- dataplane dpdk blacklist (<pci-id>|<vmbus-uuid>)
Similar to the previous form, but explicitly prevents the dataplane from attaching to a specific PCI device or Hyper-V/Azure VMBUS device UUID.
Listing devices in this way is not compatible with
dataplane dpdk dev.
- dataplane dpdk decimal-interface-names
Disabled by default. When set, interface names automatically generated by the dataplane will use decimal values for bus location values rather than hexadecimal values. Linux uses decimal values when forming interface names (e.g.
enp0s20f1), so administrators may find using decimal values more familiar.
For example, device ID
enp0s20f1in the host OS) would normally be
GigabitEthernet0/14/1since the value
14in the bus slot is in hexadecimal. With
decimal-interface-namesset, the name would be
- dataplane dpdk iova-mode (pa|va)
Manually configures the IO Virtual Addresses (IOVA) mode used by DPDK when performing hardware IO from user space. Hardware must use IO addresses, but it cannot utilize user space virtual addresses directly. These IO addresses can be either physical addresses (PA) or virtual addresses (VA). No matter which mode is set, these are abstracted to TNSR as IOVA addresses so it does not need to use them directly.
In most cases the default IOVA mode selected by DPDK is optimal.
vfio-pciUIO driver is active, IOVA must be explicitly set to
pasince the automatic selection of
vawill fail with that driver.
For more detail on IOVA, consult the DPDK documentation.
Physical Address mode. IOVA addresses used by DPDK correspond to physical addresses, and both physical and virtual memory layouts match. This mode is safest from the perspective of the hardware, and is the mode chosen by default. Most hardware supports PA mode at a minimum.
The primary downside of PA mode is that memory fragmentation in physical space must also be reflected in virtual memory space.
Virtual Address mode. IOVA addresses do not follow the layout of physical memory; Physical memory is changed to match the virtual memory instead. Because virtual memory appears as one continuous segment, large memory allocations are more likely to succeed.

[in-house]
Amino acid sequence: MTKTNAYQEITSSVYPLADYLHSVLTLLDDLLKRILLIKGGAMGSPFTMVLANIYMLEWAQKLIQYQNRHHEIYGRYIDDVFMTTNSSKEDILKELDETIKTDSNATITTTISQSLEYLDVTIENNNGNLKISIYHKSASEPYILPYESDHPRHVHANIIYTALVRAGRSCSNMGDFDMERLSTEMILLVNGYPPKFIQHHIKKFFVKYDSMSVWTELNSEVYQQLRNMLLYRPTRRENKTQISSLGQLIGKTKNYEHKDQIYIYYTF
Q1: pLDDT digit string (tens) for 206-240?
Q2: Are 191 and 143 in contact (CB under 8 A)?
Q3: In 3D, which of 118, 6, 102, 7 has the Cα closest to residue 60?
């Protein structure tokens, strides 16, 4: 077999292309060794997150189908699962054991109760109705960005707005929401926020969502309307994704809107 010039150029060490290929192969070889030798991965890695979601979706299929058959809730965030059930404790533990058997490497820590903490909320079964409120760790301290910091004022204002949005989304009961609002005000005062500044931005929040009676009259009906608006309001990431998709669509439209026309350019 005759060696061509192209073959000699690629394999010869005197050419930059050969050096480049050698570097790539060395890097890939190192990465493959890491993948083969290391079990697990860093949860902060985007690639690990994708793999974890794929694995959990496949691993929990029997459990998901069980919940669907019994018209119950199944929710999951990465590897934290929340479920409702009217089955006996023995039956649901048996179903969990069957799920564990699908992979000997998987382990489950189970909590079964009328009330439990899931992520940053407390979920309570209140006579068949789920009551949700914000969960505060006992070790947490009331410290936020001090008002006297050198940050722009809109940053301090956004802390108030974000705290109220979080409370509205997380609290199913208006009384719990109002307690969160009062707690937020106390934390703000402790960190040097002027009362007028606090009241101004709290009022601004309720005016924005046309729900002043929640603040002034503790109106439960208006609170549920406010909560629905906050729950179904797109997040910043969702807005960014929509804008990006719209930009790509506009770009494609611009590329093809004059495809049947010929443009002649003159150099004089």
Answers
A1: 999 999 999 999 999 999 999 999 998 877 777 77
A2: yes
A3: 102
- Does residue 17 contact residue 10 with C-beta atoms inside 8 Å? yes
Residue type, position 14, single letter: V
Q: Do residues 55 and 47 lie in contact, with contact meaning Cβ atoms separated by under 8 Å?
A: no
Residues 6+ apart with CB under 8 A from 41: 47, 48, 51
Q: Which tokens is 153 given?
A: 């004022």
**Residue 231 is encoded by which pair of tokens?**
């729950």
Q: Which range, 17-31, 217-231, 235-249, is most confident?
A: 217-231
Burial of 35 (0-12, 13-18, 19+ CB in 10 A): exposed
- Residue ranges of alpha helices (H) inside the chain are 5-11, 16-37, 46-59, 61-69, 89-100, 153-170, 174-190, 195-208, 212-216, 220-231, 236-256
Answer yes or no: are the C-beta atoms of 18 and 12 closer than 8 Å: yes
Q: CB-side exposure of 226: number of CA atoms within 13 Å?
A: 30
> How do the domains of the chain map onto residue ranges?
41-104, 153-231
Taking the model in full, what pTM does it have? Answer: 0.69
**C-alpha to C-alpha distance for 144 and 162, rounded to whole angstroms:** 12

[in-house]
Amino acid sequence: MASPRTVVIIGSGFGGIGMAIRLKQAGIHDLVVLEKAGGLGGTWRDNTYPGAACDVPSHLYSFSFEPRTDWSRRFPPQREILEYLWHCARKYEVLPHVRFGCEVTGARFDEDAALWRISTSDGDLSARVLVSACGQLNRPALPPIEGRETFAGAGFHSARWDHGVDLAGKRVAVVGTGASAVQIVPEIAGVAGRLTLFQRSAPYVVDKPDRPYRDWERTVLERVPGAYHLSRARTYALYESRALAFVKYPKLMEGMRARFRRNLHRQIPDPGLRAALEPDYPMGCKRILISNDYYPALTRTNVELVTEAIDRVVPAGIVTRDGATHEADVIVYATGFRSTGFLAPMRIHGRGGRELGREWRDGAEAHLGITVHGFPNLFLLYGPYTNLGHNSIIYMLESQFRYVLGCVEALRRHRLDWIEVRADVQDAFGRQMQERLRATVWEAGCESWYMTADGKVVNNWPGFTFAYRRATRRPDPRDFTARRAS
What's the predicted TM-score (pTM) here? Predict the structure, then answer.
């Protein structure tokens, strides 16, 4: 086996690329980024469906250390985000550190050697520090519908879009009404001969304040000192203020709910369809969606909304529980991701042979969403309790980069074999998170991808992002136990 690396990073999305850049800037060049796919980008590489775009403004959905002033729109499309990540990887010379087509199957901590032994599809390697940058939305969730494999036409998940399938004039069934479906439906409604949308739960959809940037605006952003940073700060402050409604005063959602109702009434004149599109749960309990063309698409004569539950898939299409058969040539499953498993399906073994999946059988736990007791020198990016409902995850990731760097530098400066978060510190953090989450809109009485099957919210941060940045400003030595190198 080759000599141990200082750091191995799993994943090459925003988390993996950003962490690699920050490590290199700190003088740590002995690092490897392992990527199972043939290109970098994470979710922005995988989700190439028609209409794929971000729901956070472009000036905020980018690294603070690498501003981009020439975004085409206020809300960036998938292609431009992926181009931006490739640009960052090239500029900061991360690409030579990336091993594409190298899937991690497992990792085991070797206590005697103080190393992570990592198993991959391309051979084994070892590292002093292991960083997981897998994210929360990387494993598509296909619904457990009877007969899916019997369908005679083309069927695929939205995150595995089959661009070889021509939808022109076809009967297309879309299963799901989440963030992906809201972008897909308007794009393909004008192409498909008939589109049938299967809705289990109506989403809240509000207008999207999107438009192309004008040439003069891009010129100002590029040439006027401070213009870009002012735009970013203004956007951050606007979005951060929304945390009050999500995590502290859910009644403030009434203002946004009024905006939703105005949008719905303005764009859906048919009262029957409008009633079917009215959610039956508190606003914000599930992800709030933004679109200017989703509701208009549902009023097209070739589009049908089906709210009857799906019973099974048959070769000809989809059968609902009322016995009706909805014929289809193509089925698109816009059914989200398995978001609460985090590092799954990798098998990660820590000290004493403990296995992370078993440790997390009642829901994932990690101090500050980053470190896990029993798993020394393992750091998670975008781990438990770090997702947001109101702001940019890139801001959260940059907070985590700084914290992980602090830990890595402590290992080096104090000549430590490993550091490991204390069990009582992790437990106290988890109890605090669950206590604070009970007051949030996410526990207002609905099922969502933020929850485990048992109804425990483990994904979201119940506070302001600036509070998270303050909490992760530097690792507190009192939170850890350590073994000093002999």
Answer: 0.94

The primary downside of VA mode is that it relies on kernel support and the availability of IOMMU.
- dataplane dpdk log-level (alert|critical|debug|emergency|error|info|notice|warning)
Sets the log level for messages generated by DPDK. The default log level is
- dataplane dpdk no-multi-seg
Disables multi-segment buffers for network devices. Can improve performance, but disables jumbo MTU support.
Required for Mellanox devices.
This option is not currently compatible with Intel X552 10G network interfaces. When enabled on incompatible hardware this option can lead to instability such as dataplane crashes while under load.
- dataplane dpdk no-pci
Disables scanning of the PCI bus for interface candidates when the dataplane starts. By default, interfaces which are administratively down in the host OS can be selected for use by the dataplane.
- dataplane dpdk no-tx-checksum-offload
Disables transmit checksum offloading of TCP/UDP for network devices.
- dataplane dpdk num-mem-channels <num>
Sets the number of memory channels into the CPU. Optimal value varies by hardware specifications and number of installed memory modules. For example, a device with four memory modules installed may have
2memory channels. Check the BIOS and OEM hardware specifications to determine the value. Valid values are from
- dataplane dpdk tcp-udp-checksum
Enables receive checksum offloading of TCP/UDP for network devices. Disabled by default.
- dataplane dpdk num-crypto-mbufs <num>
Sets the number of memory buffers used by the dataplane for cryptographic tasks, in the range
1-4294967295. Higher values can improve throughput when the dataplane encrypt/decrypt nodes are processing data.
- dataplane dpdk uio-driver [<driver-name>]
Configures the UIO driver for interfaces. See Setup NICs in Dataplane.